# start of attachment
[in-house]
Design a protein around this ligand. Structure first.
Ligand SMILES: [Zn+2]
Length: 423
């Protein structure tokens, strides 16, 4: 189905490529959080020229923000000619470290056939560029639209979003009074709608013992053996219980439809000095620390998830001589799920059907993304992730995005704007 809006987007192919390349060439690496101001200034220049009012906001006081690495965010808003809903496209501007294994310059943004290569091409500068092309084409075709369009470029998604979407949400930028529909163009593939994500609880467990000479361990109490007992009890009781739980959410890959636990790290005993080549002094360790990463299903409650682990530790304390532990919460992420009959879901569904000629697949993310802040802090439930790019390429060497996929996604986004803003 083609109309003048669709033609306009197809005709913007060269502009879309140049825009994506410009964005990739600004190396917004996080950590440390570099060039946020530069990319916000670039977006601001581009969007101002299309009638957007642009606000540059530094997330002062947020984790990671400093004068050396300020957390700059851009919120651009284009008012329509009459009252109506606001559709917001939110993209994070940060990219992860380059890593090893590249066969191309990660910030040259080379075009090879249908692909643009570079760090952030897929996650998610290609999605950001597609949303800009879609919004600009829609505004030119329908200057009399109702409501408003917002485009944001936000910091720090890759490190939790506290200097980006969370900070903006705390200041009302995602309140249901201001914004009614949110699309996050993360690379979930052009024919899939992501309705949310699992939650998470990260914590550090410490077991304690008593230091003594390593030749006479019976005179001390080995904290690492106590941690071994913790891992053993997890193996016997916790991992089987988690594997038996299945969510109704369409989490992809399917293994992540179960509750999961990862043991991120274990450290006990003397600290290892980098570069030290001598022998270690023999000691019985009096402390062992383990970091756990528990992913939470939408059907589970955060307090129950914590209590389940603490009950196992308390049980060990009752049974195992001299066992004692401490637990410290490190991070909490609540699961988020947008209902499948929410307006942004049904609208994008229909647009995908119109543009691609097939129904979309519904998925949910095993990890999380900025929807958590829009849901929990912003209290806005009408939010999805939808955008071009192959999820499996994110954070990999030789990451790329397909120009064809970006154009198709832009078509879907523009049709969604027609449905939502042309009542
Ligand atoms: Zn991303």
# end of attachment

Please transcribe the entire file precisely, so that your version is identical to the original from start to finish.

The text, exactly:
[in-house]
Design a protein around this ligand. Structure first.
Ligand SMILES: [Zn+2]
Length: 423
């Protein structure tokens, strides 16, 4: 189905490529959080020229923000000619470290056939560029639209979003009074709608013992053996219980439809000095620390998830001589799920059907993304992730995005704007 809006987007192919390349060439690496101001200034220049009012906001006081690495965010808003809903496209501007294994310059943004290569091409500068092309084409075709369009470029998604979407949400930028529909163009593939994500609880467990000479361990109490007992009890009781739980959410890959636990790290005993080549002094360790990463299903409650682990530790304390532990919460992420009959879901569904000629697949993310802040802090439930790019390429060497996929996604986004803003 083609109309003048669709033609306009197809005709913007060269502009879309140049825009994506410009964005990739600004190396917004996080950590440390570099060039946020530069990319916000670039977006601001581009969007101002299309009638957007642009606000540059530094997330002062947020984790990671400093004068050396300020957390700059851009919120651009284009008012329509009459009252109506606001559709917001939110993209994070940060990219992860380059890593090893590249066969191309990660910030040259080379075009090879249908692909643009570079760090952030897929996650998610290609999605950001597609949303800009879609919004600009829609505004030119329908200057009399109702409501408003917002485009944001936000910091720090890759490190939790506290200097980006969370900070903006705390200041009302995602309140249901201001914004009614949110699309996050993360690379979930052009024919899939992501309705949310699992939650998470990260914590550090410490077991304690008593230091003594390593030749006479019976005179001390080995904290690492106590941690071994913790891992053993997890193996016997916790991992089987988690594997038996299945969510109704369409989490992809399917293994992540179960509750999961990862043991991120274990450290006990003397600290290892980098570069030290001598022998270690023999000691019985009096402390062992383990970091756990528990992913939470939408059907589970955060307090129950914590209590389940603490009950196992308390049980060990009752049974195992001299066992004692401490637990410290490190991070909490609540699961988020947008209902499948929410307006942004049904609208994008229909647009995908119109543009691609097939129904979309519904998925949910095993990890999380900025929807958590829009849901929990912003209290806005009408939010999805939808955008071009192959999820499996994110954070990999030789990451790329397909120009064809970006154009198709832009078509879907523009049709969604027609449905939502042309009542
Ligand atoms: Zn991303």